Sign in with
Sign up | Sign in
Your question
Solved

Why is EVGA's 141-BL-E760-A1 better than ASUS' P6T Deluxe V2?

Last response: in Motherboards
Share
June 26, 2009 1:33:03 AM

When asked for the "best" mobo for the Intel i7, the preponderance of users on Tom's Hardware say "EVGA 760!". What I want to know is why?

I compared the specifications for the EVGA 141-BL-E760-A1 to the ASUS P6T Delux V2 and they are virtually the same. The Front Side Buses are rated the same. I know that the specs don't tell the whole story. So what is it exactly that EVGA offers that is worth the $130 price difference?

--Thank you,
--Mike Ramsey
a b V Motherboard
a b Ĉ ASUS
June 26, 2009 2:24:01 AM

MikeJRamsey said:
When asked for the "best" mobo for the Intel i7, the preponderance of users on Tom's Hardware say "EVGA 760!". What I want to know is why?

I compared the specifications for the EVGA 141-BL-E760-A1 to the ASUS P6T Delux V2 and they are virtually the same. The Front Side Buses are rated the same. I know that the specs don't tell the whole story. So what is it exactly that EVGA offers that is worth the $130 price difference?


The EVGA 141-BL-E760-A1 is an X58. And the P6T is only a measly X58. Similiar specs? ;) 
June 26, 2009 2:14:15 PM

for me, lifetime warranty. the two boards suppose to perform the same (its a damned MOBO, not some CPU or gfx.....) thus i got the evga stuff.

but i'm in the process of investigating of possible issues with evga's board LGA socket issue, where there is a lot of ppl on the evga forums complaining about socket damage (accidental or other wise) and I don't have all the results in yet. what is more distressing is that many claims that evga won't cover it in their warranty as many of them are physical damage (to the socket) and thus people are getting pumped and are beginning to brew a little since you have to play them 60 dollars for a completely new socket.
Related resources
June 26, 2009 8:09:40 PM

theholylancer said:
for me, lifetime warranty. the two boards suppose to perform the same (its a damned MOBO, not some CPU or gfx.....) thus i got the evga stuff.

but i'm in the process of investigating of possible issues with evga's board LGA socket issue, where there is a lot of ppl on the evga forums complaining about socket damage (accidental or other wise) and I don't have all the results in yet. what is more distressing is that many claims that evga won't cover it in their warranty as many of them are physical damage (to the socket) and thus people are getting pumped and are beginning to brew a little since you have to play them 60 dollars for a completely new socket.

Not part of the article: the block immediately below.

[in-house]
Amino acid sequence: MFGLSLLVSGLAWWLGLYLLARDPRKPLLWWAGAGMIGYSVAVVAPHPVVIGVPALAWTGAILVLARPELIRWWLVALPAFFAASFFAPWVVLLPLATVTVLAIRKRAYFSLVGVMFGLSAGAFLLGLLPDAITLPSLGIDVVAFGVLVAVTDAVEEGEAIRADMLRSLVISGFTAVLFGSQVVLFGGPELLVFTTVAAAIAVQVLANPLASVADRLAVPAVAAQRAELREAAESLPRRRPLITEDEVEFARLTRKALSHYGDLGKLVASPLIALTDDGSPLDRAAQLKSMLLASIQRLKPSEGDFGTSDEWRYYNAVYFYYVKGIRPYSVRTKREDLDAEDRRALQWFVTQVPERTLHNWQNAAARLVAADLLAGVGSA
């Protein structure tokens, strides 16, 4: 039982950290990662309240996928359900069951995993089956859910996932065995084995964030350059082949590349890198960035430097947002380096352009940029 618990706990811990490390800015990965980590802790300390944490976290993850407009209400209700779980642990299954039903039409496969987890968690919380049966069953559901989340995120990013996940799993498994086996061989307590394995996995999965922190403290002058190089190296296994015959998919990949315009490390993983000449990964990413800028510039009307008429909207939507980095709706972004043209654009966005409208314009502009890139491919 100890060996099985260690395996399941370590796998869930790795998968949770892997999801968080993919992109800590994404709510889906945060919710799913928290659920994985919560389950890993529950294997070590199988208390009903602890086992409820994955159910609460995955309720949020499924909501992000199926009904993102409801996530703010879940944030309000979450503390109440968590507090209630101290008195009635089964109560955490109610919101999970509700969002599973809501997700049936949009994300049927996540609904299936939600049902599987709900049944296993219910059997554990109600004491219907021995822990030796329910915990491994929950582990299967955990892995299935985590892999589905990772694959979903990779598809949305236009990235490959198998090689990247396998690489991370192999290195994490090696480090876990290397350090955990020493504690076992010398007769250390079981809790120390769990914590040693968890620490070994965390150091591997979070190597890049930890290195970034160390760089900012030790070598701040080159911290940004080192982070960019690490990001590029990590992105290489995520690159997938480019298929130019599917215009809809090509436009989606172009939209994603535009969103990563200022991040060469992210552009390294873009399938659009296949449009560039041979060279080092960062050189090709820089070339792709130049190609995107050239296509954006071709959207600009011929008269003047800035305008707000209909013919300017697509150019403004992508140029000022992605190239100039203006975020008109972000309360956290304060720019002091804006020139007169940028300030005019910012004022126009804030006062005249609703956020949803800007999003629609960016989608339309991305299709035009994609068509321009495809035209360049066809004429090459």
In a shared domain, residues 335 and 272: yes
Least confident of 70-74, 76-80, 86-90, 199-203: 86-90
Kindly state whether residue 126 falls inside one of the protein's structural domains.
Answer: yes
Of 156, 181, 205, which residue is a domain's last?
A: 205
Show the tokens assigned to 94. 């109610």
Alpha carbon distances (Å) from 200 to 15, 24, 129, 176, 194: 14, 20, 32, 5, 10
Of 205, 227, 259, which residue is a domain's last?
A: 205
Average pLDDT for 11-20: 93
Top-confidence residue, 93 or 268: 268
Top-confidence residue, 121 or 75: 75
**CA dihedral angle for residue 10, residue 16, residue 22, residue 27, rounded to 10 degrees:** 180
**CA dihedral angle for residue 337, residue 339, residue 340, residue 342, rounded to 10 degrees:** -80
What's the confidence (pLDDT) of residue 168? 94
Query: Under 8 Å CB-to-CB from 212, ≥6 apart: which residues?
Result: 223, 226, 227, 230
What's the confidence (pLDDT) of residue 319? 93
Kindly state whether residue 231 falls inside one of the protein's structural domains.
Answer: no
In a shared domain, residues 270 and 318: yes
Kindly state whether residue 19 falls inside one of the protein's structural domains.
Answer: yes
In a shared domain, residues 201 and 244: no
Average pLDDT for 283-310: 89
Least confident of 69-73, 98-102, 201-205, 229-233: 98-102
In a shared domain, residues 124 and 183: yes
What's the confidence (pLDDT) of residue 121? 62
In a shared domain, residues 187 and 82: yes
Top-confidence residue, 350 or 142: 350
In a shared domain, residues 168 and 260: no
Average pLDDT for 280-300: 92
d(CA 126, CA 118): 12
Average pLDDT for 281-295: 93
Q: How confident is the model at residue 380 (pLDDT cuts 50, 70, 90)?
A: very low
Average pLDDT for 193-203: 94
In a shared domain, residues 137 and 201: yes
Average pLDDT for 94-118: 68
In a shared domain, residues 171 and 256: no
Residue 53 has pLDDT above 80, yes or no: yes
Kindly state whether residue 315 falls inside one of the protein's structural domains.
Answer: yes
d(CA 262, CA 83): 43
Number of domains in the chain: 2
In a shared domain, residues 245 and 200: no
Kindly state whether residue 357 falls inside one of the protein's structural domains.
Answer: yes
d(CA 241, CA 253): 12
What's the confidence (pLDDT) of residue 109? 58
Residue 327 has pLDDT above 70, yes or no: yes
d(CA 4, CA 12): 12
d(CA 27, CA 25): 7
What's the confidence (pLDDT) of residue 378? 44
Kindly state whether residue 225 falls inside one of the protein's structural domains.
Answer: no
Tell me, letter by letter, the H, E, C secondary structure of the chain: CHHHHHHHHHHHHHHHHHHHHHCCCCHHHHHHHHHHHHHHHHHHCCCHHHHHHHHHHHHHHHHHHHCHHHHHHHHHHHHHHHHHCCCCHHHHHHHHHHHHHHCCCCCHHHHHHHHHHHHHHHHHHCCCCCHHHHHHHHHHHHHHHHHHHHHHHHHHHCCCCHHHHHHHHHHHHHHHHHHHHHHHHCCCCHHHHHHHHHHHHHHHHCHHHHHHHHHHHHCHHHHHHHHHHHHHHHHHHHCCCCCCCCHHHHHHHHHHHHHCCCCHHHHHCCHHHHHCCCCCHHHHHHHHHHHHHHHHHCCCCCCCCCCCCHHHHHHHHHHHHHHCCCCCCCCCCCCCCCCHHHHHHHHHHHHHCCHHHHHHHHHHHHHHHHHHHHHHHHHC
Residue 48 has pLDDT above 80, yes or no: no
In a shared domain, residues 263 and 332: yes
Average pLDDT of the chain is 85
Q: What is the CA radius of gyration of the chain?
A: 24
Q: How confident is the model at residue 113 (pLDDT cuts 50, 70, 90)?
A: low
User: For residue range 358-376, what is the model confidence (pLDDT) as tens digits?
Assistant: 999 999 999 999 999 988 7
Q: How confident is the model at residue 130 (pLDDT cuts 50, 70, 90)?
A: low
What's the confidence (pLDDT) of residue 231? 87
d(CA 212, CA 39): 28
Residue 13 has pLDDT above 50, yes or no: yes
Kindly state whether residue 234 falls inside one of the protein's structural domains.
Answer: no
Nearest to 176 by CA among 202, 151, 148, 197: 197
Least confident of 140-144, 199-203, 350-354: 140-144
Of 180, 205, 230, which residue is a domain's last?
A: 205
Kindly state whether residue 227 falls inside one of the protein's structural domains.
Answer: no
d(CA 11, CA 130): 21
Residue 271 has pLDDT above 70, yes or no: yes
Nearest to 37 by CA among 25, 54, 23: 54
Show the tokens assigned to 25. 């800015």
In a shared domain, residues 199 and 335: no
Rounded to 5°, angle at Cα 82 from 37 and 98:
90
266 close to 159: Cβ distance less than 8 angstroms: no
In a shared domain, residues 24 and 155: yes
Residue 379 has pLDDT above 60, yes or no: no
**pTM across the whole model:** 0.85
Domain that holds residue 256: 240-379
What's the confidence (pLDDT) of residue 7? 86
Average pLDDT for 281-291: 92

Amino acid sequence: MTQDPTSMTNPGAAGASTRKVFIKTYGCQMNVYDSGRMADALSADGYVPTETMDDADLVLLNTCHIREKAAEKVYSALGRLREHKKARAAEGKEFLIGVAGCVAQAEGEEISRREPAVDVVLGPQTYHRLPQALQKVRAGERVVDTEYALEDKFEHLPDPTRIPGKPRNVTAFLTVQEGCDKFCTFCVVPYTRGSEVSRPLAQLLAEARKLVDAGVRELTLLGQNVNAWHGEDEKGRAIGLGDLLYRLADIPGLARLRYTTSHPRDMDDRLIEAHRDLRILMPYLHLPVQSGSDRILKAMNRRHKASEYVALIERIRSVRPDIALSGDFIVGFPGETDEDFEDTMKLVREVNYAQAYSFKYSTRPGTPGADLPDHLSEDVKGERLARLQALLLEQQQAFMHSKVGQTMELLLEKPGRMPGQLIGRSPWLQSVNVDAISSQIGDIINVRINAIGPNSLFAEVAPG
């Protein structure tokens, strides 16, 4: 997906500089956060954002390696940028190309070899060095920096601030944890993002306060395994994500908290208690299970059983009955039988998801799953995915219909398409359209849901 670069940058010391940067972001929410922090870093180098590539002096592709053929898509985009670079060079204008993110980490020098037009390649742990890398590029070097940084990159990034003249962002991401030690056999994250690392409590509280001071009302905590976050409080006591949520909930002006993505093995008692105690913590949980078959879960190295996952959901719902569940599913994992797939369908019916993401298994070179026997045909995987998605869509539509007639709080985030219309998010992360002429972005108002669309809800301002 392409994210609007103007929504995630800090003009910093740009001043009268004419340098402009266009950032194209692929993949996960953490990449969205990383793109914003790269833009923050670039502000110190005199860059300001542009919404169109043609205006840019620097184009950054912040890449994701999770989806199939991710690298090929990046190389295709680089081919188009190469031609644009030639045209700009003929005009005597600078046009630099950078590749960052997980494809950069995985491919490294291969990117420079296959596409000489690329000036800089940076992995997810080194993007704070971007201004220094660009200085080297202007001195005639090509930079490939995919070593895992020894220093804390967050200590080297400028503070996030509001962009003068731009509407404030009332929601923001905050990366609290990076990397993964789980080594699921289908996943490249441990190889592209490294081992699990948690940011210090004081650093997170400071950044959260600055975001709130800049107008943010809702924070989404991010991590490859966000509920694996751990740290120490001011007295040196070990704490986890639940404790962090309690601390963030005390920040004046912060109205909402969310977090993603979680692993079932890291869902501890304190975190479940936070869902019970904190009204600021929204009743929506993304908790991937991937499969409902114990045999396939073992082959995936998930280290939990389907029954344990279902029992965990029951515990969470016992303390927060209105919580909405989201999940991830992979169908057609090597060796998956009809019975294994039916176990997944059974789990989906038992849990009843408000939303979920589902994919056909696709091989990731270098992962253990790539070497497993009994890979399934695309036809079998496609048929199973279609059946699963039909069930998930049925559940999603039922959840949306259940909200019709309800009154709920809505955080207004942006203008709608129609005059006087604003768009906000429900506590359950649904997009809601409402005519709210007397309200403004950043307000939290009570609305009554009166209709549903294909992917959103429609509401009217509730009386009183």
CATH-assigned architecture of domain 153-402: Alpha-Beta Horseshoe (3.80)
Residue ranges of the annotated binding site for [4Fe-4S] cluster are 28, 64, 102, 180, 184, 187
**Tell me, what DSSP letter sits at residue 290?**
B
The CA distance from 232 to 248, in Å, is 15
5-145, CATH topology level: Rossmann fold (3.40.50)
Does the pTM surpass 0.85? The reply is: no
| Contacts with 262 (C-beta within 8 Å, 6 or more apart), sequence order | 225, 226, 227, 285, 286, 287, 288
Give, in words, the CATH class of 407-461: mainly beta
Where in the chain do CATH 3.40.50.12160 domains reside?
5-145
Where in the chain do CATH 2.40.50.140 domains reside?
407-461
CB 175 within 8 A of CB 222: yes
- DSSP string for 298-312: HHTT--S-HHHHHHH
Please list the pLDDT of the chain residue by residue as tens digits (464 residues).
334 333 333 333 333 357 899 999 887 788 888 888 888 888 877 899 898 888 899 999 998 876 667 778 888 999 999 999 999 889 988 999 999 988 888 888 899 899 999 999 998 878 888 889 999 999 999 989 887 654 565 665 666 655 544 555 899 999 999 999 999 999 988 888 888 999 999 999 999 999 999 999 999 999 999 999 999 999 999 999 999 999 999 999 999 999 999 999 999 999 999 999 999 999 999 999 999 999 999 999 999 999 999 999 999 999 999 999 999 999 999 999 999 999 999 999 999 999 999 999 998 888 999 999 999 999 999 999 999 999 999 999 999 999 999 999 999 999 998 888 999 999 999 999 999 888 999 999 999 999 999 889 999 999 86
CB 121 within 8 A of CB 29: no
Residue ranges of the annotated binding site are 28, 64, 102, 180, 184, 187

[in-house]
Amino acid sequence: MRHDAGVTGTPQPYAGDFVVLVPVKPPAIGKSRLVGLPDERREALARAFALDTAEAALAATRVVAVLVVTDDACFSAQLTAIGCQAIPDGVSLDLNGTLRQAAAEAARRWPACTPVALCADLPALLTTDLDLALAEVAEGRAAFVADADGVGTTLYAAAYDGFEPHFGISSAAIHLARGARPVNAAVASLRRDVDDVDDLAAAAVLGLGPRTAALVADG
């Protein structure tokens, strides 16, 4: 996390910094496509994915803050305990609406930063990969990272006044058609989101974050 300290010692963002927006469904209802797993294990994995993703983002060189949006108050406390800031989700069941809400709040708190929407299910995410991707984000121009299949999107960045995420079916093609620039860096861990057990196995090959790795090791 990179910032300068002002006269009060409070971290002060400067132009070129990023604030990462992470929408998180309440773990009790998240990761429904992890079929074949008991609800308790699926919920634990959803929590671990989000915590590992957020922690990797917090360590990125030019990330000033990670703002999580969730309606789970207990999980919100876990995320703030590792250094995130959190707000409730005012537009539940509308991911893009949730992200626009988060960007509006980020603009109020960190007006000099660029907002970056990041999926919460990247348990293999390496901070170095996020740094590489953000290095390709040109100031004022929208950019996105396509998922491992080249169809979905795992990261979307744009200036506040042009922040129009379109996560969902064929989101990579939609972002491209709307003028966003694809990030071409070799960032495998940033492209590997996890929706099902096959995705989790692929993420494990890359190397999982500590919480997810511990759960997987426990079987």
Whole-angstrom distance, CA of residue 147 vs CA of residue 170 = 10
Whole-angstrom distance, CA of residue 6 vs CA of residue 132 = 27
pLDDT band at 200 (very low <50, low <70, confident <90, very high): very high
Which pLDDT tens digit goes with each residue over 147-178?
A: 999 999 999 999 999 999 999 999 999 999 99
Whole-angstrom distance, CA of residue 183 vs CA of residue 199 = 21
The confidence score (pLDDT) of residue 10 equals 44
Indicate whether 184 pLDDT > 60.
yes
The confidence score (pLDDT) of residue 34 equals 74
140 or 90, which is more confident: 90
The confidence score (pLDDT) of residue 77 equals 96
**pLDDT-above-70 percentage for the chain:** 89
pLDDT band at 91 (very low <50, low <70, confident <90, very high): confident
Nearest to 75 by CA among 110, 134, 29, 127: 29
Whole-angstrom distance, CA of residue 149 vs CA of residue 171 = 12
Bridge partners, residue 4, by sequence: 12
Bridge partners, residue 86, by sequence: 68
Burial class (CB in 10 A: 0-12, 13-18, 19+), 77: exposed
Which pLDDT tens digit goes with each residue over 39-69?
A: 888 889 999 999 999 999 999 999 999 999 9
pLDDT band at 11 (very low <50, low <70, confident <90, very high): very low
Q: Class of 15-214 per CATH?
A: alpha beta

It would be hard to say who damaged it. I would get the shipper involved. They are exposed too since EVGA is implying that it was damaged after they shipped it but before you (the hypothetical you in this case) received it.

Lifetime warranty ... is attractive. It assumes that EVGA will still be in business in five years when my mobo craps out. And I am paying $130 now for an eventuality then. Most folks will upgrade in five to seven years. Hmmm, I don't know .....

Is there anything in the here and now? How about cooling? The ASUS P6T Deluxe 2 uses "Windflow" cooling technology on the Northbridge. You can mount an optional fan (purchased separately) to help cool the X58 chipset. How does EVGA handle this? I don't plan on water cooling (shades of IBM 370). Do people pop a Zalman ZM-NBF47 on the EVGA Northbridge?

--Mike Ramsey
a b V Motherboard
June 26, 2009 8:40:52 PM

MikeJRamsey said:
When asked for the "best" mobo for the Intel i7, the preponderance of users on Tom's Hardware say "EVGA 760!". What I want to know is why?

I compared the specifications for the EVGA 141-BL-E760-A1 to the ASUS P6T Delux V2 and they are virtually the same. The Front Side Buses are rated the same. I know that the specs don't tell the whole story. So what is it exactly that EVGA offers that is worth the $130 price difference?

--Thank you,
--Mike Ramsey


Easy Answer: EVGA supports 3-way SLI properly. If you're buying an expensive board, that's a great answer. Asus doesn't know how to lay out its slots.

But the EVGA is available in TWO part numbers for the SAME motherboard, and you can save around $60 by getting the one without the lifetime warranty and trade-up program.

Edit: Sorry, I was thinking of the 758. The 760 is just a waste of money.
June 26, 2009 11:24:25 PM

Crashman said:
Easy Answer: EVGA supports 3-way SLI properly. If you're buying an expensive board, that's a great answer. Asus doesn't know how to lay out its slots.

But the EVGA is available in TWO part numbers for the SAME motherboard, and you can save around $60 by getting the one without the lifetime warranty and trade-up program.

Edit: Sorry, I was thinking of the 758. The 760 is just a waste of money.